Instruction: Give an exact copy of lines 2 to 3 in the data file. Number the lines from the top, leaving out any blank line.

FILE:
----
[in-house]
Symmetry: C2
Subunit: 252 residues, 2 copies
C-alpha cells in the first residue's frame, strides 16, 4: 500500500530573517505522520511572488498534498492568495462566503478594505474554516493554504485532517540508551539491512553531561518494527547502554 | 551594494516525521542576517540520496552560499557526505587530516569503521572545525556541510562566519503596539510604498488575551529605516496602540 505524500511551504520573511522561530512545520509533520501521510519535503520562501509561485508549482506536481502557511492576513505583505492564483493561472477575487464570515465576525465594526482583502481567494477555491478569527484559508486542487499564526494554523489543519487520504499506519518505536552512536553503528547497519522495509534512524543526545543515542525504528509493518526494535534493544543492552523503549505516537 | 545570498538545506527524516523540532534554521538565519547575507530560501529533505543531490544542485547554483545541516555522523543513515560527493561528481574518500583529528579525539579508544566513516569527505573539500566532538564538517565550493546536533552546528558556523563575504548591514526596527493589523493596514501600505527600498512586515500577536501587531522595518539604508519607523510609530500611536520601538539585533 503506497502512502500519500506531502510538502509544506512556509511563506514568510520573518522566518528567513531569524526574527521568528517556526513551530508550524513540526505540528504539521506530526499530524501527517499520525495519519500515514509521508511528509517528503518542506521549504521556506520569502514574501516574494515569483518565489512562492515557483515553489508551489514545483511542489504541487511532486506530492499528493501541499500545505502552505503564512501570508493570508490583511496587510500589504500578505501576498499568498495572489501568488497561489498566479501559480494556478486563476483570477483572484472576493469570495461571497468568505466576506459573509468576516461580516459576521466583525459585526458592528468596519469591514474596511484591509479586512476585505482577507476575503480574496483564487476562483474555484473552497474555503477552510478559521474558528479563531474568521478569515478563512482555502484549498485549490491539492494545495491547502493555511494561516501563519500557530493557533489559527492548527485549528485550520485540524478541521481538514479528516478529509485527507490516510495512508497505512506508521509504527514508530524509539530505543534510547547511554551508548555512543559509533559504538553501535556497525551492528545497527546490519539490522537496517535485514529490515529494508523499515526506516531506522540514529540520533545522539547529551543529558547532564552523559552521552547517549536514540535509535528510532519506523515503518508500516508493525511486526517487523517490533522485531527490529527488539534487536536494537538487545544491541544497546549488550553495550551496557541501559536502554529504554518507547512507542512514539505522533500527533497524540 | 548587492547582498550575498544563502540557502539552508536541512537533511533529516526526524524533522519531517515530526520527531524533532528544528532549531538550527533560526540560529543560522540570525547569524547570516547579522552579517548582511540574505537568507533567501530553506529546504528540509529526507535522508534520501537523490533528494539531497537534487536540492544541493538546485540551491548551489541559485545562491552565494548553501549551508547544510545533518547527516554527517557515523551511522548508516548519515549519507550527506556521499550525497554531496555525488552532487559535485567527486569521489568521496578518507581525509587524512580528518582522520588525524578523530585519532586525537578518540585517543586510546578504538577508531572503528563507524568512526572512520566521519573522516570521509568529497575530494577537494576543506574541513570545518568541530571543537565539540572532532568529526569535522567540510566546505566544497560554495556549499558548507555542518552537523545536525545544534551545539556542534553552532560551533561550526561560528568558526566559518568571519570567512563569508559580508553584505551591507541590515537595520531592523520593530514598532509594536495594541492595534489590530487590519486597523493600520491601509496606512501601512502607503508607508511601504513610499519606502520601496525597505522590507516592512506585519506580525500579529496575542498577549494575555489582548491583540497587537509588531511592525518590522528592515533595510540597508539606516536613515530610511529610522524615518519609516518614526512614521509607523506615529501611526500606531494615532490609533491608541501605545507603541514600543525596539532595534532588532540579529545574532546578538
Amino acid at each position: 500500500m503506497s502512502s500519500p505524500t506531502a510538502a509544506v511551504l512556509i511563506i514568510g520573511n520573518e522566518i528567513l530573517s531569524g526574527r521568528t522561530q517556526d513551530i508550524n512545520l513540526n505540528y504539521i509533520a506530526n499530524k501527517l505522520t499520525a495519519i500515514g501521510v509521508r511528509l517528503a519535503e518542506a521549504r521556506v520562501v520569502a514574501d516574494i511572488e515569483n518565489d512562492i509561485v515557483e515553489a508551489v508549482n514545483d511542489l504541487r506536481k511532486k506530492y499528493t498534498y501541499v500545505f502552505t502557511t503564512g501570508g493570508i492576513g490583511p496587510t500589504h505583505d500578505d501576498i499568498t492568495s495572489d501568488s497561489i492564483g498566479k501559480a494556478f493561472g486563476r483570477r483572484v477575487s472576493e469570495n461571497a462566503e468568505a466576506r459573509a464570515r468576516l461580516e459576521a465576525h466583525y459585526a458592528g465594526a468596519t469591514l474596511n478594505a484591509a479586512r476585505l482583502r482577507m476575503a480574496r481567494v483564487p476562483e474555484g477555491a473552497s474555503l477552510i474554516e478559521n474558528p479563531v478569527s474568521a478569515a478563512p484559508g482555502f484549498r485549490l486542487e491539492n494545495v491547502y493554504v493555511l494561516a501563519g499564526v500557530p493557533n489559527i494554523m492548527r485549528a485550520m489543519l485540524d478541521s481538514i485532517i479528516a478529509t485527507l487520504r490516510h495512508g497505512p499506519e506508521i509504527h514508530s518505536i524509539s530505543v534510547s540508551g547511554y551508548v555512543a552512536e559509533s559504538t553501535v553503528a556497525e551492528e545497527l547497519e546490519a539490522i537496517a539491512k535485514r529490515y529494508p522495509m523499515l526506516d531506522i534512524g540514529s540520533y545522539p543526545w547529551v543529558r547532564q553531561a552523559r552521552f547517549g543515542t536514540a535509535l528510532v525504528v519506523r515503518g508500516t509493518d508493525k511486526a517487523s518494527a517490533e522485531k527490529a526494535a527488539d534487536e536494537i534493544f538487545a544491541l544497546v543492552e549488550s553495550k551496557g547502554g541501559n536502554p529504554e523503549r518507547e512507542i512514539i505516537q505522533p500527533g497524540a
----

Symmetry: C2
Subunit: 252 residues, 2 copies